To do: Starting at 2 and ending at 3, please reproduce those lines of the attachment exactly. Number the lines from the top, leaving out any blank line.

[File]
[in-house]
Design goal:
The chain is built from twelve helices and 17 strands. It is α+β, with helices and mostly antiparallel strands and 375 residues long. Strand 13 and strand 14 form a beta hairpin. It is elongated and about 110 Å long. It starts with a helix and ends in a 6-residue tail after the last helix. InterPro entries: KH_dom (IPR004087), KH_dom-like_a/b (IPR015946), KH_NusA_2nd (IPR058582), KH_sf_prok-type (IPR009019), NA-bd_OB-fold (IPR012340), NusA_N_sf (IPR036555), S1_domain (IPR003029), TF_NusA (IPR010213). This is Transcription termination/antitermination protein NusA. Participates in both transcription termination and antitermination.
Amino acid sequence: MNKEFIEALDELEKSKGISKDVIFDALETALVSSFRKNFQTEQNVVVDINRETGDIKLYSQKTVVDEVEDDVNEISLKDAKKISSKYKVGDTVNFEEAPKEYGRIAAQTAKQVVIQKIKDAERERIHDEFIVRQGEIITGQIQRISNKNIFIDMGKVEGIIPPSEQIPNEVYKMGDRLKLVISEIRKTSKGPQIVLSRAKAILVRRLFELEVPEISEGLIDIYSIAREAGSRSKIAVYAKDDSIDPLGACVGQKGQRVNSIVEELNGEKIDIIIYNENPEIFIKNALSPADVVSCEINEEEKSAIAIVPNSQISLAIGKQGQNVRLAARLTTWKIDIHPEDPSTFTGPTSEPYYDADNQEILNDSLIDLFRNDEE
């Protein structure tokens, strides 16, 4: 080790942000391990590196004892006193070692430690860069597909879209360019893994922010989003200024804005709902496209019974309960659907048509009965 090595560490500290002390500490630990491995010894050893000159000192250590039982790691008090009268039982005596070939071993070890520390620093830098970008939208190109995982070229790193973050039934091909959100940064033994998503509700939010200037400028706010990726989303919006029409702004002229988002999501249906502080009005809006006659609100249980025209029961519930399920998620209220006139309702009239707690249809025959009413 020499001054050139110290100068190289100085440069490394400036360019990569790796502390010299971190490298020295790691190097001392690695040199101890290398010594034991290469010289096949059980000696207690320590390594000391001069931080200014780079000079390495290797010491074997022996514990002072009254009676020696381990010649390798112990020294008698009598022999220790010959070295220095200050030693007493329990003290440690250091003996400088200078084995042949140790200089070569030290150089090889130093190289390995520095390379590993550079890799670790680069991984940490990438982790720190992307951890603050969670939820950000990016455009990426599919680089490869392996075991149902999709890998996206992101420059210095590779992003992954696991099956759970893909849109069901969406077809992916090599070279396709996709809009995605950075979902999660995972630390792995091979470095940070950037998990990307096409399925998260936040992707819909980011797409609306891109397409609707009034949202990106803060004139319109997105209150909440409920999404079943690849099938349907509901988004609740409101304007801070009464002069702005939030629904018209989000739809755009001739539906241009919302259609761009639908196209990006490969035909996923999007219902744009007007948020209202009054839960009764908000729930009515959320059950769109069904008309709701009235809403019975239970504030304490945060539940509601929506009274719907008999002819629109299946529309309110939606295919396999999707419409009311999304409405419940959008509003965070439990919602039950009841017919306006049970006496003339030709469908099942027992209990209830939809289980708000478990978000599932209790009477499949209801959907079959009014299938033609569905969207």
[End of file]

Design goal:
The chain is built from twelve helices and 17 strands. It is α+β, with helices and mostly antiparallel strands and 375 residues long. Strand 13 and strand 14 form a beta hairpin. It is elongated and about 110 Å long. It starts with a helix and ends in a 6-residue tail after the last helix. InterPro entries: KH_dom (IPR004087), KH_dom-like_a/b (IPR015946), KH_NusA_2nd (IPR058582), KH_sf_prok-type (IPR009019), NA-bd_OB-fold (IPR012340), NusA_N_sf (IPR036555), S1_domain (IPR003029), TF_NusA (IPR010213). This is Transcription termination/antitermination protein NusA. Participates in both transcription termination and antitermination.